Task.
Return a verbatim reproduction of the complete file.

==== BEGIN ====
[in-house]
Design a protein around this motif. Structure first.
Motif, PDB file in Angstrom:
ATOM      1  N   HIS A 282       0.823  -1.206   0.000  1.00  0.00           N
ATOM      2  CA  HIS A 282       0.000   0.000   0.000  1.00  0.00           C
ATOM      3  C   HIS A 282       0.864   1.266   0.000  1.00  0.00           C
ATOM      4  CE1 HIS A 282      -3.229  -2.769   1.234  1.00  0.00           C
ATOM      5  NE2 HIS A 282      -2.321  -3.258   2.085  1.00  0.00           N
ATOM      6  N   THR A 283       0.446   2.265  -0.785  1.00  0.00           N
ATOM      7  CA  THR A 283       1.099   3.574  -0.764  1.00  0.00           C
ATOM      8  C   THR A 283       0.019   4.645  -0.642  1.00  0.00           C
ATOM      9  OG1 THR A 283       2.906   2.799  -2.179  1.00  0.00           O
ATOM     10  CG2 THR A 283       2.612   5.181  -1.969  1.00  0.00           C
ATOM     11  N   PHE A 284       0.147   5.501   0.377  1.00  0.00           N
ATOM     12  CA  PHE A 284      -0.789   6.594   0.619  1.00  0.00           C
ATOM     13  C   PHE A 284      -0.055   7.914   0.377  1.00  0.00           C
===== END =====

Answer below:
[in-house]
Design a protein around this motif. Structure first.
Motif, PDB file in Angstrom:
ATOM      1  N   HIS A 282       0.823  -1.206   0.000  1.00  0.00           N
ATOM      2  CA  HIS A 282       0.000   0.000   0.000  1.00  0.00           C
ATOM      3  C   HIS A 282       0.864   1.266   0.000  1.00  0.00           C
ATOM      4  CE1 HIS A 282      -3.229  -2.769   1.234  1.00  0.00           C
ATOM      5  NE2 HIS A 282      -2.321  -3.258   2.085  1.00  0.00           N
ATOM      6  N   THR A 283       0.446   2.265  -0.785  1.00  0.00           N
ATOM      7  CA  THR A 283       1.099   3.574  -0.764  1.00  0.00           C
ATOM      8  C   THR A 283       0.019   4.645  -0.642  1.00  0.00           C
ATOM      9  OG1 THR A 283       2.906   2.799  -2.179  1.00  0.00           O
ATOM     10  CG2 THR A 283       2.612   5.181  -1.969  1.00  0.00           C
ATOM     11  N   PHE A 284       0.147   5.501   0.377  1.00  0.00           N
ATOM     12  CA  PHE A 284      -0.789   6.594   0.619  1.00  0.00           C
ATOM     13  C   PHE A 284      -0.055   7.914   0.377  1.00  0.00           C